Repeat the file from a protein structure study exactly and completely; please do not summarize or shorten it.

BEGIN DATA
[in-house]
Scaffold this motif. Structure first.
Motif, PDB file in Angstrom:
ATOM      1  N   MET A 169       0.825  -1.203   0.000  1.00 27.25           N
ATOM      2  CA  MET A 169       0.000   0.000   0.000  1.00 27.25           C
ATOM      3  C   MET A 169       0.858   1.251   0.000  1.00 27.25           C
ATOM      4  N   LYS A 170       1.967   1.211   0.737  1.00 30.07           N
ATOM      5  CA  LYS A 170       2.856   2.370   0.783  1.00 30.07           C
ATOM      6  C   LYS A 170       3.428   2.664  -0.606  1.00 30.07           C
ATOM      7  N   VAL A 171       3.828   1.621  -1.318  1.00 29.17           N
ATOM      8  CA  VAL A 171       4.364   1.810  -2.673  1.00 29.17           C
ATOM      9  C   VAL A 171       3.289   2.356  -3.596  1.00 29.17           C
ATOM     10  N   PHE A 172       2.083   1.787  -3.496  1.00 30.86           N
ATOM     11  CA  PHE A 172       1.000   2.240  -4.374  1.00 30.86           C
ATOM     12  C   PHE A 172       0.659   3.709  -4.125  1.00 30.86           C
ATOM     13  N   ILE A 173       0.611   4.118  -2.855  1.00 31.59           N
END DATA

[in-house]
Scaffold this motif. Structure first.
Motif, PDB file in Angstrom:
ATOM      1  N   MET A 169       0.825  -1.203   0.000  1.00 27.25           N
ATOM      2  CA  MET A 169       0.000   0.000   0.000  1.00 27.25           C
ATOM      3  C   MET A 169       0.858   1.251   0.000  1.00 27.25           C
ATOM      4  N   LYS A 170       1.967   1.211   0.737  1.00 30.07           N
ATOM      5  CA  LYS A 170       2.856   2.370   0.783  1.00 30.07           C
ATOM      6  C   LYS A 170       3.428   2.664  -0.606  1.00 30.07           C
ATOM      7  N   VAL A 171       3.828   1.621  -1.318  1.00 29.17           N
ATOM      8  CA  VAL A 171       4.364   1.810  -2.673  1.00 29.17           C
ATOM      9  C   VAL A 171       3.289   2.356  -3.596  1.00 29.17           C
ATOM     10  N   PHE A 172       2.083   1.787  -3.496  1.00 30.86           N
ATOM     11  CA  PHE A 172       1.000   2.240  -4.374  1.00 30.86           C
ATOM     12  C   PHE A 172       0.659   3.709  -4.125  1.00 30.86           C
ATOM     13  N   ILE A 173       0.611   4.118  -2.855  1.00 31.59           N